Unfortunately I didn't take any pictures when I made the fountain. People don't like a picture-less Instructable!
Well send me the measurements, I'll build (and photograph) one in the spring (after I finish the tiki bar). :) Thanks again for the awesome bamboo!
IMG_8078.JPG
ekbruster2 years ago
This is perfect! Just created 2 1-1/2 x 5' long pieces to cover the canvas supports for my mobile Tiki Bar! turned out better than I ever expected, can't wait to see if people can tell if they are real or not next summer!
petejc (author)  ekbruster2 years ago
One thing I found this summer is that the shellac doesn't hold too well in terms of abuse, mostly winter abuse. I live near Buffalo, NY so can have our share of winter. What I ended up doing this summer was sanding down any areas that had chipped / damaged shellac and re-applied the shellac. After it looked good I coated the entire shellac-ed surface (old and new) with about 4 coats of Rust-Oleum Crystal Clear Enamel Spray paint. It held up over the rest of the summer and early winter so far but time will tell.
Dy7lan4 years ago
It looks absolutely fantastic... does it sound realistic?
petejc (author)  Dy7lan4 years ago
It does have the hollow sound, but definitely not the same sound! Unfortunately this is just for looks...
aar0nc0le4 years ago
Looks great!
tismemimi4 years ago
Great Look, and good instructions. I'm with the others, real bamboo is hard to find in large sizes, and fairly expensive. The pvc will last forever. Ask the "green" people, no one wants pvc in a landfill ! This is a great way to recycle also. I love the look, and a headboard for a guest room with Asian influences awaits. Thanks for the trial and error being done for the rest of us. Cudos.
grd4 years ago
Perfect timing! I was looking at the gap at the ridge of my kids' almost completed grass thatched cubby house and thought that a painted PVC pipe would be the best way to cover it. I was going to paint the nodes, but heating the pipe is a wonderful solution. Thank you!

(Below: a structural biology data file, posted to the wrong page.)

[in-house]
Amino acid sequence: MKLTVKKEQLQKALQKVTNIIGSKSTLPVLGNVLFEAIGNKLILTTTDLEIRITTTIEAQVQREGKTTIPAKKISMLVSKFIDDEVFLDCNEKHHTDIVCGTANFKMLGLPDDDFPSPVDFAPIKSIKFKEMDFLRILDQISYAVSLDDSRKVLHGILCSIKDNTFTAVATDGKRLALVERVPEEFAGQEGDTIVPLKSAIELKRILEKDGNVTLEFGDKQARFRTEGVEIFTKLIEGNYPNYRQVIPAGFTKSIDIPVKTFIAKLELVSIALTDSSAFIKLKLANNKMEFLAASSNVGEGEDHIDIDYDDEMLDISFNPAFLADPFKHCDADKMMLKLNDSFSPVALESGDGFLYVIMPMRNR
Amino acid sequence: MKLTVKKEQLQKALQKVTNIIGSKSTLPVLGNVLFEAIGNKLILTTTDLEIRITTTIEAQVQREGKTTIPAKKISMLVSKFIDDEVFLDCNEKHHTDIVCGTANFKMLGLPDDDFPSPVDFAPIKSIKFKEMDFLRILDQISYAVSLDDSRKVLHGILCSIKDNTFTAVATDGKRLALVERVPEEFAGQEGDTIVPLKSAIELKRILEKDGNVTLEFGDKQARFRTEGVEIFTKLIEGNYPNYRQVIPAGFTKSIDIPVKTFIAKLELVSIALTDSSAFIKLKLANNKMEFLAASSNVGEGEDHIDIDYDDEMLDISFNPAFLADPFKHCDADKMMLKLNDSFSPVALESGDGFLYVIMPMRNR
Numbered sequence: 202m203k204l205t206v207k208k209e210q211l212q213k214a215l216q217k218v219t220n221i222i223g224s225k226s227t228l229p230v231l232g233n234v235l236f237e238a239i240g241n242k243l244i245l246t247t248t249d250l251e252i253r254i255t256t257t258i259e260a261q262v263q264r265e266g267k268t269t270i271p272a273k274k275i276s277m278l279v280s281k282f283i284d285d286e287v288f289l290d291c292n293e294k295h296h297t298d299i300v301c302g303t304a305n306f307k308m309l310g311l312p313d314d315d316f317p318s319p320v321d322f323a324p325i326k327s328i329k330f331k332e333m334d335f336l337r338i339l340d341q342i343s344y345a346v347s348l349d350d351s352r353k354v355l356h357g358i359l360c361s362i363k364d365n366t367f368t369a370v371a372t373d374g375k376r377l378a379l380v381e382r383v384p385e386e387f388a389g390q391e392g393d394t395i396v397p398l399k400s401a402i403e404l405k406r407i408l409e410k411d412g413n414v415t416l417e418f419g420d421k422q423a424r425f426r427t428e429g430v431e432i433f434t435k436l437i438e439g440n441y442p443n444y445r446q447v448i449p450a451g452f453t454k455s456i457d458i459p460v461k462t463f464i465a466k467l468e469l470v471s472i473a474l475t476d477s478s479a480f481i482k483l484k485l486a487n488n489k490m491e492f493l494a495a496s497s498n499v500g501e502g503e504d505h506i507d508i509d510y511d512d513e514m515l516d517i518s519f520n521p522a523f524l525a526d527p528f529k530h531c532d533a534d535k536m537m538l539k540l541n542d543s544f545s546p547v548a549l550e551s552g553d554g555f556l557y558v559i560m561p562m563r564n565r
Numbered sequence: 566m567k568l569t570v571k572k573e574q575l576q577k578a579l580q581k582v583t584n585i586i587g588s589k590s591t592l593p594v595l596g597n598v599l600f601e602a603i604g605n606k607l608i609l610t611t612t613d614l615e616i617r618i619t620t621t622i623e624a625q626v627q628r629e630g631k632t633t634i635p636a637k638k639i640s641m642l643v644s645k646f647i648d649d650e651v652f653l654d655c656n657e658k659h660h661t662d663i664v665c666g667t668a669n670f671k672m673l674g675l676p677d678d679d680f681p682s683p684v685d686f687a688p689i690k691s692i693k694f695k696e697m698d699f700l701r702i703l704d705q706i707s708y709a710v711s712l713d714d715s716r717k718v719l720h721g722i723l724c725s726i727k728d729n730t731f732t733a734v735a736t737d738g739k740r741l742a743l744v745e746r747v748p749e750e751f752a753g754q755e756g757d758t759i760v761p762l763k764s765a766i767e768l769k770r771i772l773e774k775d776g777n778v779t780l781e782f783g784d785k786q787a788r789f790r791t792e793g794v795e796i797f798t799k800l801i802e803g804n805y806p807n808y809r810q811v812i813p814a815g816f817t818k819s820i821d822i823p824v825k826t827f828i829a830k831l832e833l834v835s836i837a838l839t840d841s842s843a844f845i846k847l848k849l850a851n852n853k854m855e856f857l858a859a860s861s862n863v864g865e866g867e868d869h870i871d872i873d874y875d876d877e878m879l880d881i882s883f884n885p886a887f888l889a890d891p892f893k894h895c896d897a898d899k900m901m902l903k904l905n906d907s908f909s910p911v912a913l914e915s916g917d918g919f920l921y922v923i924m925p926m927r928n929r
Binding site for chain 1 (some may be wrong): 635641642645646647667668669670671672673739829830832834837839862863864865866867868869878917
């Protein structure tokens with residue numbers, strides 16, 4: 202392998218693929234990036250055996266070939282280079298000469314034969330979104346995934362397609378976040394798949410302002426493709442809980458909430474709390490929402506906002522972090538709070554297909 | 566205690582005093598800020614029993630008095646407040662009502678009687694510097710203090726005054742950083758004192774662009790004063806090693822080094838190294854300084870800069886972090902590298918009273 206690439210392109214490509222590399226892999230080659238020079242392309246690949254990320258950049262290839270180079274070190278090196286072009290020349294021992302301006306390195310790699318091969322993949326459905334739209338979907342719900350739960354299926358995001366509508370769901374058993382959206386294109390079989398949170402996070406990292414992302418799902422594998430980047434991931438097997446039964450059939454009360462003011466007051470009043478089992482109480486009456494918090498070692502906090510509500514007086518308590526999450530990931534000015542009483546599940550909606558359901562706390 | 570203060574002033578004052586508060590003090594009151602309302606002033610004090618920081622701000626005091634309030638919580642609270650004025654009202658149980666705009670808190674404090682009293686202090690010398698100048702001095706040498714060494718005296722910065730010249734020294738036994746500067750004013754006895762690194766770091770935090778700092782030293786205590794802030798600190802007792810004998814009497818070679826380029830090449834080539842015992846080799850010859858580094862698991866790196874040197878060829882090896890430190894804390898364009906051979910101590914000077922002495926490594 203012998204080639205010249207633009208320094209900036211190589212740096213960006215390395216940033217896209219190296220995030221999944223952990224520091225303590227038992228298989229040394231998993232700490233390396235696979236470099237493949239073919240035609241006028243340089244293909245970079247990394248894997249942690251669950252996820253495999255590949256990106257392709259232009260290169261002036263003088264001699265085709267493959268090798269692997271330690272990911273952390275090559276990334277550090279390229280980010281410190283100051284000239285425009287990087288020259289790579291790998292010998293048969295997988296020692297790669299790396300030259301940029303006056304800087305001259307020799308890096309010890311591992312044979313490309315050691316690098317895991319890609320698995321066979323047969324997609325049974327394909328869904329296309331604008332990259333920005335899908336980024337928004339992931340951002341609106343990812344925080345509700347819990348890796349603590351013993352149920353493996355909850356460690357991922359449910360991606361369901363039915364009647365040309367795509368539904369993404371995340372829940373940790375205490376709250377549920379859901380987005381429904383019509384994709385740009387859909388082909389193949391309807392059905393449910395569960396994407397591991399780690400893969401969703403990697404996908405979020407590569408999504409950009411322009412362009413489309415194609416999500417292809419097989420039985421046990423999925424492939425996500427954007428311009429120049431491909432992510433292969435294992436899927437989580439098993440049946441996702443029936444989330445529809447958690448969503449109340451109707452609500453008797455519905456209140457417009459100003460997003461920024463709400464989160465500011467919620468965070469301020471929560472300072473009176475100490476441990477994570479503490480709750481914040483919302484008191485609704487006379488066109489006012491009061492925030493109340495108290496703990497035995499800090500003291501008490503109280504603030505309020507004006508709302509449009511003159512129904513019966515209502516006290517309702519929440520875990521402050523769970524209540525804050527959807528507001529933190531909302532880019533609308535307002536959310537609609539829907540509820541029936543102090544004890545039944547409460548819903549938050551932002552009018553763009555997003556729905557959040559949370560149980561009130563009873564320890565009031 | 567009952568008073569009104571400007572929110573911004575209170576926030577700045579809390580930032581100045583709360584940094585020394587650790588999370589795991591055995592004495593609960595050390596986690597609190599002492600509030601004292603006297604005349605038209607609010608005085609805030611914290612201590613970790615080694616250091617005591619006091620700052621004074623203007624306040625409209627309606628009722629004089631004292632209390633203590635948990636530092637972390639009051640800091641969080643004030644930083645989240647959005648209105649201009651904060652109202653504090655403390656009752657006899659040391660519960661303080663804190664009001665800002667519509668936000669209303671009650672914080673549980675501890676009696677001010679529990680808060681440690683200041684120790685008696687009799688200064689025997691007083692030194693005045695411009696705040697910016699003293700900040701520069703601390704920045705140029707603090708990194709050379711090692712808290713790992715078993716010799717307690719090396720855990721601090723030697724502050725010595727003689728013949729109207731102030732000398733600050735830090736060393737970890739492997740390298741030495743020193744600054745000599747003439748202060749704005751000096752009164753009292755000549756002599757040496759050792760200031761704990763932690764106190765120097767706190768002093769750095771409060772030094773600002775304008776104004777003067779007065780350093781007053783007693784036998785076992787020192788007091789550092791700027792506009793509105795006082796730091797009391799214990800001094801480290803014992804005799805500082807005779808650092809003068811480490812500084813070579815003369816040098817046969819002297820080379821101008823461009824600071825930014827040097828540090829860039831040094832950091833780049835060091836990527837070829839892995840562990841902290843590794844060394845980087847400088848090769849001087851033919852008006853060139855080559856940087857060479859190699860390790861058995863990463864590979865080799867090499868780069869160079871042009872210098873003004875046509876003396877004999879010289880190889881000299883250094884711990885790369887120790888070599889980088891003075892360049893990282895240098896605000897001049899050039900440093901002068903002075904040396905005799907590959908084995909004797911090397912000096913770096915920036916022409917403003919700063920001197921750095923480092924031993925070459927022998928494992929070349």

Valster4 years ago
If you're going to be doing a lot of these it may me worth the $$ to buy a PVC cutter. Obviously it will cut the PVC but you can also score it easily and uniformly for the nodes. Just ratchet it enough to make a shallow cut and rotate the pipe. I've already experimented with the nodes and am getting good at it. Next, shellac. Thanks again for sharing an amazing idea!
EmmettO4 years ago
Would a heat gun work, or do you need the flame to scorch the PVC for the darker color?
petejc (author)  EmmettO4 years ago
I'm not sure if a heat gun would get the PVC hot enough to get pliable. The scorching is optional, but I really like the way it looks in the end.
Yes a heat gun does work to heat up pvc to become flexible as I have used one to do this many times. In fact it heats pvc much more evenly without scorching than the torch will. Heat guns will not however, put on the fine dark rings on the nodes like a propane or butane torch will. You will need some kind of torch for the precision that will be required for the rings.
petejc (author)  the crowing4 years ago
This nice to know since using the torch to evenly heat the PVC can be very difficult. If you stop spinning the PVC it burns beyond a scorch. Using a heat gun to create the nods then a torch to darken it should make it easier. Thanks
spa31rky petejc4 years ago
Plumbers and Electricians use a heat gun/torch to heat PVC to bend it the way it is needed for the application. Too much heat will cause it to be so soft it will loose any strength and not be worth using.
milesduggan4 years ago
Wow I am so doing this!! Great instructable!!
capricorn4 years ago
The amount you rock is too much for words mate. Thank you for sharing. Thank you VERY much
justineo144 years ago
one word for ye sir *epic
3366carlos4 years ago
You are the man! great work.
aarone4 years ago
This is really cool, and from the pictures, it's turned out REALLY nicely. I'm going to give this a shot when I have the opportunity. I love the look of Bamboo and I've been wanting to do some theming with it. This gives me a great solution. Thanks!
Valster4 years ago
I've been wanting to experiment with 3/4" PVC for a while. The real stuff rots too quickly to suit me. Thanks for saving me a lot of trial and error. Great instructable!!
l8nite4 years ago
pretty cool, how about a jig so you could use hotglue to make the "nodes". I really do like the finished product
Or a silicone glue or caulk could work. Bondo would be another good node material. The end result looks great though.
petejc (author)  valhallas_end4 years ago
I tried using hot glue during my test run and it ended up being a lot harder (at least for me) to get something that didn't look like a bead of, well, hot glue! The torch method just seemed easiest. Bondo would probably be easier then hot glue. Silicone caulk may not work since most (?) aren't made to be stained. Thanks for the compliments.